Oct. 14, 2013
The TDI decals (your car won’t have them) drew as much attention as the S-Line exterior and the high-gloss Black Optic trim. Audi photo
Audi cabins put Prada stores to shame, and the 2014 A6 follows suit. The computer screen vanishes at the press of a button. Audi photo
We think of diesel motors as industrial powerplants—noisy roughnecks that puff black smoke and should be screened off from polite society. But what makes diesels so useful in heavy-duty trucks, tractors and generators can also benefit passenger cars, even prom queens like this 2014 Audi A6.
Diesels don’t have spark plugs; they ignite their oil fuel by super-heating it through compression in the engine’s cylinders. This extra squeeze makes a lot of torque and gives the diesel motor the highest efficiency of any combustion engine. Replacing a gas engine with a comparable diesel often improves a car’s fuel economy by at least 10 MPG.
But the characteristic diesel clatter—and the exhaust fumes, the extra weight and cost of a motor that can survive extremely high internal pressures, and the oil’s tendency to sludge up in cold weather—made diesels less than ideal for everyday cars. In Europe, really high fuel prices and then clean-air laws spurred carmakers to address these problems, one by one. Now, just about every non-Detroit car is available over there with some sort of diesel under the hood, with three, five, six or even 10 cylinders.
You may have noticed that gas (and diesel) prices are getting high here too. So is concern over carbon spewed by internal-combustion engines. Last week, we calculated that, yes, diesel savings in fuel costs and pollution output are real—at least with a VW Passat TDI sedan that averaged an eye-popping 47 MPG.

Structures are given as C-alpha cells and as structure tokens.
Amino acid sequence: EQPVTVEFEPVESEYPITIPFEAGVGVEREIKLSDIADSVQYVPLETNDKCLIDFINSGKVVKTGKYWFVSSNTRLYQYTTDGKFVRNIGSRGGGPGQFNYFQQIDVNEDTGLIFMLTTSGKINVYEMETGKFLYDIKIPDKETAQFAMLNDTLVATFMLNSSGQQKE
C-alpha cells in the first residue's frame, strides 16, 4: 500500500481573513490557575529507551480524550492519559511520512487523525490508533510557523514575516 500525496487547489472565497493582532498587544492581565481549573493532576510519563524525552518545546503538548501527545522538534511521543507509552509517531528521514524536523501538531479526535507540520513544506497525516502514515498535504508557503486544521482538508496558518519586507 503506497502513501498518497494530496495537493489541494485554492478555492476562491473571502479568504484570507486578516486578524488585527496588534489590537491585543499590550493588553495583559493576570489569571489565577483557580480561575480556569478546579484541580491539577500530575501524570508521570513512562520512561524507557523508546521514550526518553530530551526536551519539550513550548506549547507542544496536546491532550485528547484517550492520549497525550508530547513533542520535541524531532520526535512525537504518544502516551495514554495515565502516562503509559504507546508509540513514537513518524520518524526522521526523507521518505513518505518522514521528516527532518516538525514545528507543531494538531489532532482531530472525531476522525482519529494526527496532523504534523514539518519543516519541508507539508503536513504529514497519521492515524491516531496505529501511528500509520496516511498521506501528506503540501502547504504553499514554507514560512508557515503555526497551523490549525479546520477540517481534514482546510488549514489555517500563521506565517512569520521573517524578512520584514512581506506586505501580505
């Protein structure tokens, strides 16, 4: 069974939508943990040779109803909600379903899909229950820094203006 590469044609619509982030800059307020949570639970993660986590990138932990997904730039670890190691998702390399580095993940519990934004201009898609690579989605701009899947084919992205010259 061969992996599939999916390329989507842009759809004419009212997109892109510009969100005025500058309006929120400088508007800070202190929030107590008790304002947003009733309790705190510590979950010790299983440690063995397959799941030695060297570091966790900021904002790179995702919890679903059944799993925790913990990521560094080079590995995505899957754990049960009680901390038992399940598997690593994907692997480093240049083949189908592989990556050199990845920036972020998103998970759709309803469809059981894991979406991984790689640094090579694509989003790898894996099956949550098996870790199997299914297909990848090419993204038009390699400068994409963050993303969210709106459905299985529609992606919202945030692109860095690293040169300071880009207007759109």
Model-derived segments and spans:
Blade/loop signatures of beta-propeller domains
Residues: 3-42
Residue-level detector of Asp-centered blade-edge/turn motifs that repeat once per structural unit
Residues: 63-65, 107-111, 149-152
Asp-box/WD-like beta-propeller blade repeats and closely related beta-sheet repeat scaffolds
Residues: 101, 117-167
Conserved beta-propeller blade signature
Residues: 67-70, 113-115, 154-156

This week’s ride got “only” 36 MPG in the same conditions, but an Audi A6 TDI (Turbo Diesel Injection) is bigger, heavier and much more powerful than that VW, with way more power-hungry accessories and systems, and its quattro all-wheel drive adds more weight yet.
At $68,000, this A6 TDI was also two and a half times more expensive than its corporate cousin, the Passat, and $2,400 more than a gas A6. So don’t think you’re going to finance a luxury car just on savings at the pump.
The diesel A6 does go five to 10 miles farther per gallon than its various gas siblings. That’s terrific, but the most remarkable thing about this car is how Audi has disguised its diesel-ness. Any clatter is noticeable only at idle and only from outside the car. Inside, if it weren’t for the lower rev limit—about 4700 RPM—on the tachometer, we might think this was a healthy gasoline V-8, not a smallish oil-burning six.
In an Oscar-worthy supporting role is Audi’s superb Tiptronic automatic transmission. Not only can it shift almost unnoticeably, its two top speeds—there are nine in all, counting reverse—are overdrives. At 75 MPH the engine is not far off idle, ticking along at only 1500 or so RPM. It’s not all just cream-and-silk, either; put the pedal down and the A6 TDI responds, forcefully and right now, with a gusher of torque.
The ride seems almost harsh at first, but, in good German fashion, the faster you go, the smoother the A6 TDI gets. For all its heft and luxury, this is an athlete, a world-class drivetrain in an equally outstanding chassis.
As well, being an upscale German sedan, the A6 can be blessed (or burdened) with additions from a long menu of convenience, performance, luxury and safety options. Ours had $10,000 worth, ranging from 3G Mobile Wi-Fi to a top-view camera. And then there was Active Lane Assist: Drift toward a dividing line, and all by itself the steering tugs the car back into its lane, hands-free. It’s just the thing for cellphone-addled ADD sufferers. I found it a bit creepy, so I shut it off.
With federal Corporate Average Fuel Economy standards rising sharply—to 35.5 MPG by 2016, 54.5 MPG by 2025—carmakers have to improve their lineups’ efficiency, so the A6 TDI is just one of four new diesel models Audi is shipping to America for 2014. Diesel-powered Audis have won again and again at Le Mans, so it’s no surprise that the company is going this way rather than embracing electric power. At least for now.